SAP Africa Hosts STEM-related Workshops at Schools

SAP Africa, through its innovation SAP Next-Gen, has partnered with two German International Schools to introduce coding and workshops to learners as its biennial Science Week initiative.

National Science Week, an initiative of the Department of Science and Technology, is a countrywide celebration of science involving various stakeholders and/or role players conducting science-based activities. It is run in all nine provinces simultaneously at multiple sites per province.

SAP Africa’s Science Week initiative, which started last week, aims to create awareness of science and technology in a fun, exciting and hands-on learning environment for learners between kindergarten and grade 12.

The workshops, consisting of 20 sessions related to science, technology, engineering and mathematics (STEM), are currently being held at the Deutsche Internationale Schule Pretoria and the Deutsche Internationale Schule Johannesburg. They are facilitated by SAP Next-Gen in collaboration with youth facilitators from Sci-Enza (University of Pretoria science centre).

SAP Next-Gen is an innovation community that enables corporates, governments and NGOs to with students, academic thought leaders and researchers to embrace collaboration and innovate with purpose to help the world run better and improve people’s lives.

Kwena Mabotja, Africa regional director for SAP Next-Gen, says the initiative will focus on three key skills areas.

“We are introducing learners to coding via hands-on Scratch sessions; conducting design thinking sessions to equip them with tools and techniques that can be applied in any problem-solving scenario; and exposing them to the new world of exponential technologies through an IOT demo.

“As an active and engaged corporate citizen, SAP Africa is proud to support initiatives aimed at directly addressing the key issue of skills development among African youth and we look forward to seeing the programme grow over the coming years.”

The ICT initiative was created in 2016 by the German International Schools in Pretoria and Johannesburg to plant the seed of curiosity in children, expose learners to a world of science and technology that is not available in schools, says SAP.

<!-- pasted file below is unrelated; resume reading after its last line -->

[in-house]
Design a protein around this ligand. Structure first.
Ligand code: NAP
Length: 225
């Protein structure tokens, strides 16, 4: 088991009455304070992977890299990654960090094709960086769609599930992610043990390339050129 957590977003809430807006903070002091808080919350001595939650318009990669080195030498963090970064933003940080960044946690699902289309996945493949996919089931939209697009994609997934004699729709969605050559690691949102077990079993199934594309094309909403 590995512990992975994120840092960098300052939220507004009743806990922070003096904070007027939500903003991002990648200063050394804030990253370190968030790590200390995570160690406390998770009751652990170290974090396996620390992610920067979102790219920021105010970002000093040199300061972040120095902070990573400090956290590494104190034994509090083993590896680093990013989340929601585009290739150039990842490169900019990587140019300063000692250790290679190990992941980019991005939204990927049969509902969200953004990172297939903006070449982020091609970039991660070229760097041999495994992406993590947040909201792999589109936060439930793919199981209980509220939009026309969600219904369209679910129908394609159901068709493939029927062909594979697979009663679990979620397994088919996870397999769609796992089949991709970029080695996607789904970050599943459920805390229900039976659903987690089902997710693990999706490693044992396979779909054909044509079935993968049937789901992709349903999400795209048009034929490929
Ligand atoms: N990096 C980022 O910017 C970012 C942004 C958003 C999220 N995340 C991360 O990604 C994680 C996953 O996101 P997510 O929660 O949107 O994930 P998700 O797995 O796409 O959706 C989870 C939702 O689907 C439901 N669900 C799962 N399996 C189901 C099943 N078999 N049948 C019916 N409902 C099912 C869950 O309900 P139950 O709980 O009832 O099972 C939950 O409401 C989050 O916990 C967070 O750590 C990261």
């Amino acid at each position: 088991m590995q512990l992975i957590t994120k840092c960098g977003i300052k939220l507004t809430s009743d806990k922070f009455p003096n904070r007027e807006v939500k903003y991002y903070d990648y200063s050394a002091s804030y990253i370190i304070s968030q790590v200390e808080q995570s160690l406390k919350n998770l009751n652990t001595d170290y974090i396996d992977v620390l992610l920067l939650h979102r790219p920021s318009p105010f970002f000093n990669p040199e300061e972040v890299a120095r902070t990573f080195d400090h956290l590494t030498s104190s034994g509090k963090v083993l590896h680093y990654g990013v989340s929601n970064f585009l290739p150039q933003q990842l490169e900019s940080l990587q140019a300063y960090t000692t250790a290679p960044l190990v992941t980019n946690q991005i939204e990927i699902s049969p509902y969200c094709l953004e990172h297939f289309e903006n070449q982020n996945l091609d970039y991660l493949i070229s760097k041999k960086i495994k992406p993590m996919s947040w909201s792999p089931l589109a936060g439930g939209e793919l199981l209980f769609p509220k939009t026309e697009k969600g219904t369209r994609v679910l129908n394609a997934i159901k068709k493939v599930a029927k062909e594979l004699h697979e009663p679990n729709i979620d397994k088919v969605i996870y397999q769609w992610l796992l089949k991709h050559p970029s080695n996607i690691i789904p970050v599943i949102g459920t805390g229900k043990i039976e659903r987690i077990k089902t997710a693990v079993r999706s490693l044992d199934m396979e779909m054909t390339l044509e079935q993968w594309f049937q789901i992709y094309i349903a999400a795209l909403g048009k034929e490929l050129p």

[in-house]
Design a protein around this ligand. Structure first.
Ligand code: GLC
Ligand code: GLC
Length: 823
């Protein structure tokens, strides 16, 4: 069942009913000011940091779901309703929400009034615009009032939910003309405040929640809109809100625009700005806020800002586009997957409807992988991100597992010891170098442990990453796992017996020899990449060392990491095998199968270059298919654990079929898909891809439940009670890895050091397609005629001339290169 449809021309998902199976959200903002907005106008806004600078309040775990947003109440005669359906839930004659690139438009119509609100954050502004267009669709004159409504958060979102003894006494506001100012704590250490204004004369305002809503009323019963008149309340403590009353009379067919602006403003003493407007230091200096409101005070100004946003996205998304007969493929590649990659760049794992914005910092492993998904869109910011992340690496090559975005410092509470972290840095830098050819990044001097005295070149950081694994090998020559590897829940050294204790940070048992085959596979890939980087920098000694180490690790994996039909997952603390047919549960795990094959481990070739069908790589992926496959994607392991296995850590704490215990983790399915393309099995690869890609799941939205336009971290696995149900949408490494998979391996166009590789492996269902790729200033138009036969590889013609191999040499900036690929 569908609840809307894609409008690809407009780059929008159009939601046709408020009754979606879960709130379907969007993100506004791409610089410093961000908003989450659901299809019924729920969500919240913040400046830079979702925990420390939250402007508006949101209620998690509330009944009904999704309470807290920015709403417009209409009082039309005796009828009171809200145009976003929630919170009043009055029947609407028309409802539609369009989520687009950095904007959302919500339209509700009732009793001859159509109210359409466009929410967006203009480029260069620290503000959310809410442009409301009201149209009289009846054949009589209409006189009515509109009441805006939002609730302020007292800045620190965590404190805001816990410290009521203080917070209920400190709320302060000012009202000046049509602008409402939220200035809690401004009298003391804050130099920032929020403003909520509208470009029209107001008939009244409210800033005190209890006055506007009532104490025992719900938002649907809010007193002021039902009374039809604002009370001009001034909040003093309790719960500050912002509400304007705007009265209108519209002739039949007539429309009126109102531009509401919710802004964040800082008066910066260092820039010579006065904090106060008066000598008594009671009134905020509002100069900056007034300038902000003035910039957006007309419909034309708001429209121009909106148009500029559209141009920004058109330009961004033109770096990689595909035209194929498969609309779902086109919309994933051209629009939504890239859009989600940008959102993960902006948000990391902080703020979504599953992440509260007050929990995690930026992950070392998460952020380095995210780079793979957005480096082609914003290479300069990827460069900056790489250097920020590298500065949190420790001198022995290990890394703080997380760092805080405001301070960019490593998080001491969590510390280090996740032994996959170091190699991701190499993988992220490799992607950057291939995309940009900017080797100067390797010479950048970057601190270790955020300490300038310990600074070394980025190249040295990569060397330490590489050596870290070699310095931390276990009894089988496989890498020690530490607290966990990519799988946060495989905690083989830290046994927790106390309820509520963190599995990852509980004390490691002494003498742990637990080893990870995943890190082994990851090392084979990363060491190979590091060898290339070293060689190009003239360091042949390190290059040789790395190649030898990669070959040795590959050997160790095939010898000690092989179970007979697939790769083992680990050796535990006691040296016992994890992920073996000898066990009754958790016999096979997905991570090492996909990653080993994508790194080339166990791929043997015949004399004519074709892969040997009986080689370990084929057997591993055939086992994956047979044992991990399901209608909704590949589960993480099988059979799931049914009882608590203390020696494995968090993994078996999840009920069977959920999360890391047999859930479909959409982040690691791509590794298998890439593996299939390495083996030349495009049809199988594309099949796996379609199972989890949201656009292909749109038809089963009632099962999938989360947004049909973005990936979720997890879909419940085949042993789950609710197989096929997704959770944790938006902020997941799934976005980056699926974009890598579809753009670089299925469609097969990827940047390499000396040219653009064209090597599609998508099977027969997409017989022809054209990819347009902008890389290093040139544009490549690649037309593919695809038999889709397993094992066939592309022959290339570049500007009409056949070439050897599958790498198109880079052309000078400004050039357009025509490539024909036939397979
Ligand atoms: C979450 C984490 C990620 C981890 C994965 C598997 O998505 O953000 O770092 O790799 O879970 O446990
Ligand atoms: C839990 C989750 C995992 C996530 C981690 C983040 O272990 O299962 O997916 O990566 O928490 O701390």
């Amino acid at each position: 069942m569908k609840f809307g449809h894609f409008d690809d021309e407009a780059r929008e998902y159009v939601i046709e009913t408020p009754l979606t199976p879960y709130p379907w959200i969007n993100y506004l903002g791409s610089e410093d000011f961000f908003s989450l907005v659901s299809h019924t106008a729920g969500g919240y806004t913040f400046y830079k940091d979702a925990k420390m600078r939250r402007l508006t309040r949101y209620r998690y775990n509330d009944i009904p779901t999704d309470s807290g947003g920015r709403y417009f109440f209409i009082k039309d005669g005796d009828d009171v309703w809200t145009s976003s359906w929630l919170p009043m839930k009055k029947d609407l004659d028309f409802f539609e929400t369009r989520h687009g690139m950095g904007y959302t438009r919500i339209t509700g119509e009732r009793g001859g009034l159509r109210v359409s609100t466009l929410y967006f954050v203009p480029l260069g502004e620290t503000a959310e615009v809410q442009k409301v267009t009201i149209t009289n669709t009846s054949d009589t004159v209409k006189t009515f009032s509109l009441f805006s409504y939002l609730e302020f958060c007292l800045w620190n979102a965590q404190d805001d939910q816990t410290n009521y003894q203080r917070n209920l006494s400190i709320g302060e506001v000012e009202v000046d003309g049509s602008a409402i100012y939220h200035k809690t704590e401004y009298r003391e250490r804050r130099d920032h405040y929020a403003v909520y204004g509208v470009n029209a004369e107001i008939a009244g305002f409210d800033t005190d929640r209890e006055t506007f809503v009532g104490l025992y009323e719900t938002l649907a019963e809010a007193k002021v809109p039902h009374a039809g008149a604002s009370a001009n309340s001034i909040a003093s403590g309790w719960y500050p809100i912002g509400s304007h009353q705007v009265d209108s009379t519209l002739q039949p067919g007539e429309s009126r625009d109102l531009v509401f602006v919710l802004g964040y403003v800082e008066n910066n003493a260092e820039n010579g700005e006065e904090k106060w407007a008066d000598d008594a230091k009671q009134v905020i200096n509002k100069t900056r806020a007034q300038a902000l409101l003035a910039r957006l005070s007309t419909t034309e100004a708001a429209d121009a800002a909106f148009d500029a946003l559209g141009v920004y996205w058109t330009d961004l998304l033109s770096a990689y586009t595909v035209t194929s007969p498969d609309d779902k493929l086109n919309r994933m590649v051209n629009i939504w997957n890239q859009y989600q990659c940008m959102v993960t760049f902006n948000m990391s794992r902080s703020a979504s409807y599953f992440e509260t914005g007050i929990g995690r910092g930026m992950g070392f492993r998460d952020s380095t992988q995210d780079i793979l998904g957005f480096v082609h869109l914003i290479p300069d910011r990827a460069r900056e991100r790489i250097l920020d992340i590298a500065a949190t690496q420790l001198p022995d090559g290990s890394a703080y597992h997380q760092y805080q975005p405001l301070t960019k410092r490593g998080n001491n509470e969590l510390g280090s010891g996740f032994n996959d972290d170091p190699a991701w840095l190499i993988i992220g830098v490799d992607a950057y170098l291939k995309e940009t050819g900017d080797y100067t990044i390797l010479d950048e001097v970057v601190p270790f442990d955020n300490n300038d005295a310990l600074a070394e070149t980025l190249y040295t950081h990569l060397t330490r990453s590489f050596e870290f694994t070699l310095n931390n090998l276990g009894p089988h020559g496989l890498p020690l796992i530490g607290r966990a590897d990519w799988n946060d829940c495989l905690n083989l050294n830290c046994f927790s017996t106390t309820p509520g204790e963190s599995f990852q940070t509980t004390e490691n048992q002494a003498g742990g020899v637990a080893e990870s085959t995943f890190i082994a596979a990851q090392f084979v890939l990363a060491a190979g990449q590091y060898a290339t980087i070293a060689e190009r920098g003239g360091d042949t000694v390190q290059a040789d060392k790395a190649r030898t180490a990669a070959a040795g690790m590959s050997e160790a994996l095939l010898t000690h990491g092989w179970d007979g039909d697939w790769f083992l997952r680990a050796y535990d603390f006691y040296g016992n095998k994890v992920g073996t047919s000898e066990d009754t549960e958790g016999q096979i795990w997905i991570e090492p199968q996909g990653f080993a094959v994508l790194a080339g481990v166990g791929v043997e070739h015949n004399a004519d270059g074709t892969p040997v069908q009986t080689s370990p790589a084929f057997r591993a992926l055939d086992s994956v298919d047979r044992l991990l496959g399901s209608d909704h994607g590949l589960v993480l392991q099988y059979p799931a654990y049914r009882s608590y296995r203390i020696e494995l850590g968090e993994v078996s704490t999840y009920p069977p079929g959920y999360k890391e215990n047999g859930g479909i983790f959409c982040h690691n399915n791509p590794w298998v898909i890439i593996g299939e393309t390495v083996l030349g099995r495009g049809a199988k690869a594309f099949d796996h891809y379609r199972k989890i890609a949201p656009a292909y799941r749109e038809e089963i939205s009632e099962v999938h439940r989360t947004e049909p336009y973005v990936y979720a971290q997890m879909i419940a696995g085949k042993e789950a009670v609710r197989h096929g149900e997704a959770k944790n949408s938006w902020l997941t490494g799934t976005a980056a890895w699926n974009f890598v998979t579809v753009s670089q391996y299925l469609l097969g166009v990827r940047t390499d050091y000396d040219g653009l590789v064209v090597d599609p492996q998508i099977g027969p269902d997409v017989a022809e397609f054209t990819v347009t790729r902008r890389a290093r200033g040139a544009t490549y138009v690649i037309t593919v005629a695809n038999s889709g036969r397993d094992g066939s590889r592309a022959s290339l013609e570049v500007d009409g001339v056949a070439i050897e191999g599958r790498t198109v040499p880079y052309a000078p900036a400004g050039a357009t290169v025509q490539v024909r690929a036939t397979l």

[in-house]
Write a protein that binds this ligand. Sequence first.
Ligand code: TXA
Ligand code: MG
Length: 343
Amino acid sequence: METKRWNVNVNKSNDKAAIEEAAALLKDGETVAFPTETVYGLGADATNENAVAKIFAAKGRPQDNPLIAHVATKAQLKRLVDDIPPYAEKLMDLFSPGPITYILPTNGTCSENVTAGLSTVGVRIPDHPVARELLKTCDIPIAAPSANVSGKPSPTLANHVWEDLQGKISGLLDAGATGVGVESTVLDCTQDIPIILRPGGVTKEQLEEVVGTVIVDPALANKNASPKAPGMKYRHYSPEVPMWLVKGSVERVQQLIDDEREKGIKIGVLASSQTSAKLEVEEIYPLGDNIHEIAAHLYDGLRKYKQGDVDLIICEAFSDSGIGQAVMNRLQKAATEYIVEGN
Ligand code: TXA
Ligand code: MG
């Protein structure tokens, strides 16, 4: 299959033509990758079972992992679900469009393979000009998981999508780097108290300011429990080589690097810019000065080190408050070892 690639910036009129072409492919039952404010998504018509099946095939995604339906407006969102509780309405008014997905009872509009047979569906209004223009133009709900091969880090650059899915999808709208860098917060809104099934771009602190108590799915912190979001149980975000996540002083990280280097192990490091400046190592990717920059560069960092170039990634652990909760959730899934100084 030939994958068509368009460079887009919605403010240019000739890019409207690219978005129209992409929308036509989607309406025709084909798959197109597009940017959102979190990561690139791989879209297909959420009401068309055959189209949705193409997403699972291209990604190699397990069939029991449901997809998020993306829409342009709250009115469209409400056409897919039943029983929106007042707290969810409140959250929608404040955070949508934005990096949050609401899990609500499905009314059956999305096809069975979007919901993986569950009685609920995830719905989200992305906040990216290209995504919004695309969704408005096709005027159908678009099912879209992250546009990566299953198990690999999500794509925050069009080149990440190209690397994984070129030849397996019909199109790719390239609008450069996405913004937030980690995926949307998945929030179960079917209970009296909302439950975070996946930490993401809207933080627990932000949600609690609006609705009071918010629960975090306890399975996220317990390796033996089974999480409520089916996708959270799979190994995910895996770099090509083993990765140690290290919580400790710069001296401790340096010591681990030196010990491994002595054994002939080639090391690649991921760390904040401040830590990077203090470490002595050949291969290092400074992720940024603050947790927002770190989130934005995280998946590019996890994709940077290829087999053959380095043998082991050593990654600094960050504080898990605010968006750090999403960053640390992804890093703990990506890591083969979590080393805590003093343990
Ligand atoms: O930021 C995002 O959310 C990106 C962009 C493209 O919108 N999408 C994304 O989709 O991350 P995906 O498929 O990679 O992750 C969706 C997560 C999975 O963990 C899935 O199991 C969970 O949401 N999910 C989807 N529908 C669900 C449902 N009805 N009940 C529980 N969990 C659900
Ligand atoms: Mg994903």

Thousands of learners from surrounding schools have been visiting the two schools since the beginning of Science Week on 29 May.

Gauteng schools that participated include Norridge Park Primary, Fred Magardie Primary, Sikhanyisele Primary, Sindawonye Primary, Koos Matli Primary, Pula Difate Primary, Boikgantsho Primary, Makgatho Primary, Laezonia Primary, Seshegong Secondary, Bokgoni Secondary, Kgabo Primary, Motsweding Primary, Mahlahle Primary, Moetapele Primary, and Nka Thuto Primary.

“The future of work is uncertain. Every day we see new disruptors enter the workplace, radically changing, and in some cases completely replacing entire job functions, industries and disciplines.

“We need to come together and foster collaboration between schools, NGOs, government and the private sector to instil the skills in our youth today that will prepare them for the future.

“Without that we will not overcome prevailing global challenges and achieve noble ambitions set out in the UN Sustainable Development Goals by 2030,” notes Mehmood Khan, COO at SAP Africa.

According to the Quarterly Labour Force Survey by Statistics SA, of the 10.3 million young South Africans aged 15 to 24 years, about 30% were not in employment, education or training. This equates to more than three million young people who cannot find work because they are regarded as too unskilled and inexperienced by prospective employers.

The 2016 ICT skills survey by the Centre for Software Engineering found that there is an increasing demand for skilled labour in the local ICT sector, with the skills gap expected to get worse in the medium to long-term.